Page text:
What would you say you learned from the original game that you've applied to Shadows?
DA:Hitman Sniper One was released a while, I think 2015. It was a premium mobile game that follows the story of Agent 47, and he executes tonnes of contracts for the ICA from his sniping spot. The metagame was highly focused on sniper rifle collection. Of course, we leverage a lot of this when we went through and created Hitman Sniper: The Shadows, so it's definitely built on the foundation of Hitman Sniper.
It also takes some elements from the core franchise, the whole hidden and secretive world of assassination and the immersive competitive sniper gameplay. But the iconic thing that we leveraged from Hitman Sniper One is what we call creative killing.
SD:For the creative killing experience, we wanted to expand on it, and we took a lot of feedback from our audience, and one of the things we wanted to do was make it more accessible. There's a lot of pivots that we've made in testing with our audience for how we not only make it accessible but without compromising the deep strategies involved with creating killing.
The assumption in the sniper genre is just that you just find a target and shoot it. But this is very much more strategic, and the main pillar is remaining in stealth, so by using the environment to make things look like accidents, to hide the bodies in the environment, so it doesn't set off the alarms. That's the key. That's what makes creativity very unique for us in standing out from the competition.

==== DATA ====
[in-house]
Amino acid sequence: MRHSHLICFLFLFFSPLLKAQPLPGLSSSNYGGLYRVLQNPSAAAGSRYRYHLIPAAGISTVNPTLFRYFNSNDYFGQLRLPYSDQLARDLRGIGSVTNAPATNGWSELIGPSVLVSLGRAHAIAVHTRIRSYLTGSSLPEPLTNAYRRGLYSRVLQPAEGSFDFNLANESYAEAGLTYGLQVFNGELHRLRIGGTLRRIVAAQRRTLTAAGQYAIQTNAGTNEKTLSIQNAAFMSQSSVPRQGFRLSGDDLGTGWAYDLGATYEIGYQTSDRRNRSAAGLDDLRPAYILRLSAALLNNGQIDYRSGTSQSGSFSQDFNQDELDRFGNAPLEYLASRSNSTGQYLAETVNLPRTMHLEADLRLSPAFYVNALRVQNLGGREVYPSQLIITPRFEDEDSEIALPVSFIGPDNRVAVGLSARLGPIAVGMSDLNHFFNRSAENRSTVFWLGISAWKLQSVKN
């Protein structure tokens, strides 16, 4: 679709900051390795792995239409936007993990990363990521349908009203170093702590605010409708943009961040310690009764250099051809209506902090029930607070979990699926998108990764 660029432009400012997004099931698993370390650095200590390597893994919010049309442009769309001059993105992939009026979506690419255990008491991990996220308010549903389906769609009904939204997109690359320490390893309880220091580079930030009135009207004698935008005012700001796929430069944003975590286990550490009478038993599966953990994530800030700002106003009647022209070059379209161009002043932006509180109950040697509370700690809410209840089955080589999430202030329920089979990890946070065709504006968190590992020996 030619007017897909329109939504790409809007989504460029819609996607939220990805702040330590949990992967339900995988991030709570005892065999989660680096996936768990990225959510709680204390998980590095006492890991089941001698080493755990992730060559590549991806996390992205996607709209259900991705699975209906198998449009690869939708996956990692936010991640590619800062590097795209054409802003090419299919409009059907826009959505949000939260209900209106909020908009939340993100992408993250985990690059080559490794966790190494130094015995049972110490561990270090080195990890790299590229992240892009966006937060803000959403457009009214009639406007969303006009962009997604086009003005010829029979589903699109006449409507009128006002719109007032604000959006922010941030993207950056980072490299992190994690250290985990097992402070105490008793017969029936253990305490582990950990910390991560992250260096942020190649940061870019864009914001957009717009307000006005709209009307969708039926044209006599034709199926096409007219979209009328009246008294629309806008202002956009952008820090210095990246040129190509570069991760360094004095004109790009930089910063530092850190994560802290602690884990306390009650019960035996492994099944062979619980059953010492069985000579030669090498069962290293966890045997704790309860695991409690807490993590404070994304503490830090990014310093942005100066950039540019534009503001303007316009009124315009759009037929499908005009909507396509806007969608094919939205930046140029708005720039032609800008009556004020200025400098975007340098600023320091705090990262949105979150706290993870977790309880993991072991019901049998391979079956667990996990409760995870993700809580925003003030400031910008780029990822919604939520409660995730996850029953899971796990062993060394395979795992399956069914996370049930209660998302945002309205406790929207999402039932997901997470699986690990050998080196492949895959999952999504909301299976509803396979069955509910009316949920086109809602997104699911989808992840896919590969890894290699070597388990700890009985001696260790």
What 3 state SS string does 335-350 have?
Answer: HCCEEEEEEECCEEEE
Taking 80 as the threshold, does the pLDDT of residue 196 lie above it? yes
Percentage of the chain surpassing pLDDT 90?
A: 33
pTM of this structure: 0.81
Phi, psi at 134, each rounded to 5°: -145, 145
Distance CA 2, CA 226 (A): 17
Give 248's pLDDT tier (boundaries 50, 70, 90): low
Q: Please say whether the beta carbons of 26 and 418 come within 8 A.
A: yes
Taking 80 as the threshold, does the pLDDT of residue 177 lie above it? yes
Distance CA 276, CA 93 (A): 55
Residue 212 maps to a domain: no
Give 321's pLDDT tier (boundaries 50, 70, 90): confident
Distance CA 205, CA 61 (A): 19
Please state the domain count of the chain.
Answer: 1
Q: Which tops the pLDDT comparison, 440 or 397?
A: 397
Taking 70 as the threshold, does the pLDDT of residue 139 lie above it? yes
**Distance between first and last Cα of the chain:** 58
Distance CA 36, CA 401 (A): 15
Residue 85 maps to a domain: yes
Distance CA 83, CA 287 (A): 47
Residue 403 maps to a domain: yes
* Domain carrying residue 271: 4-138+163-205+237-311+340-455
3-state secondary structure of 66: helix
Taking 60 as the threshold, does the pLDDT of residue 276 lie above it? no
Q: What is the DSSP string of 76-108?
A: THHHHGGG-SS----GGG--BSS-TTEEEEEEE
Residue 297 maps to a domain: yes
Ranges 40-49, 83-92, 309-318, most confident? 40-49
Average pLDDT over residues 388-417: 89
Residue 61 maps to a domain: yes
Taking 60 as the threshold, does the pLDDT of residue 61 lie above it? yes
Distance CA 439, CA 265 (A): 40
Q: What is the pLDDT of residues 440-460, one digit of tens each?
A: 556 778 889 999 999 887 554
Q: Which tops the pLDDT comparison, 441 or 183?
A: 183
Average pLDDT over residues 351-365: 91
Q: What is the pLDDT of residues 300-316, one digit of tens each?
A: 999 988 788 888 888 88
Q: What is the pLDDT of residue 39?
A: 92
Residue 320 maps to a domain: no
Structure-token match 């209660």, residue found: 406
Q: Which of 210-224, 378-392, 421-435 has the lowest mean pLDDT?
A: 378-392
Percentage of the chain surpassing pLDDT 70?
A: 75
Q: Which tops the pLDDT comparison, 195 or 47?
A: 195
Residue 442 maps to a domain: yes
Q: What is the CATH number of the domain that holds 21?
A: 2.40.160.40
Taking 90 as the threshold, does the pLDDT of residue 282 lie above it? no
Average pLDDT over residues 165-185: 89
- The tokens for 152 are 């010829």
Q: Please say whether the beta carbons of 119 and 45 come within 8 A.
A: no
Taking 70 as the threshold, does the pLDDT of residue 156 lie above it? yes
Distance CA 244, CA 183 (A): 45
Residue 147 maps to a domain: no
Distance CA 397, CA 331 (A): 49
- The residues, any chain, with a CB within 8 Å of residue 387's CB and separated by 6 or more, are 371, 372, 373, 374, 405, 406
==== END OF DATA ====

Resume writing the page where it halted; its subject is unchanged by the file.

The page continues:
DA:And I think it's fair to say that we pushed it for the second game. We have an awesome user research department doing research with the players of other games, asking them how they feel about that because we didn't want it to become a chess game. It still needs to be fun to play. It was cool to see players coming from other games and giving comments like 'How did I manage to do this? This is amazing'. That really helps us push forward.
How difficult is it to continuously come up with creative ways to hide a body from a sniping position?
DA:I'm going to let you jump on that Simon because that's more on your turf, but I must admit that it's fricking hard to do. That's probably one of the reasons that if you look at all of the competitor titles in the sniper genre on mobile, it's mostly geared towards killing people with your rifle by shooting them in the head.
There's a reason for that. Creating those sandbox maps takes a lot of time. But again, that's something that we want to do at Square Enix, to take the time to craft the right experience. But it is definitely a complex achievement to be able to pull off those maps.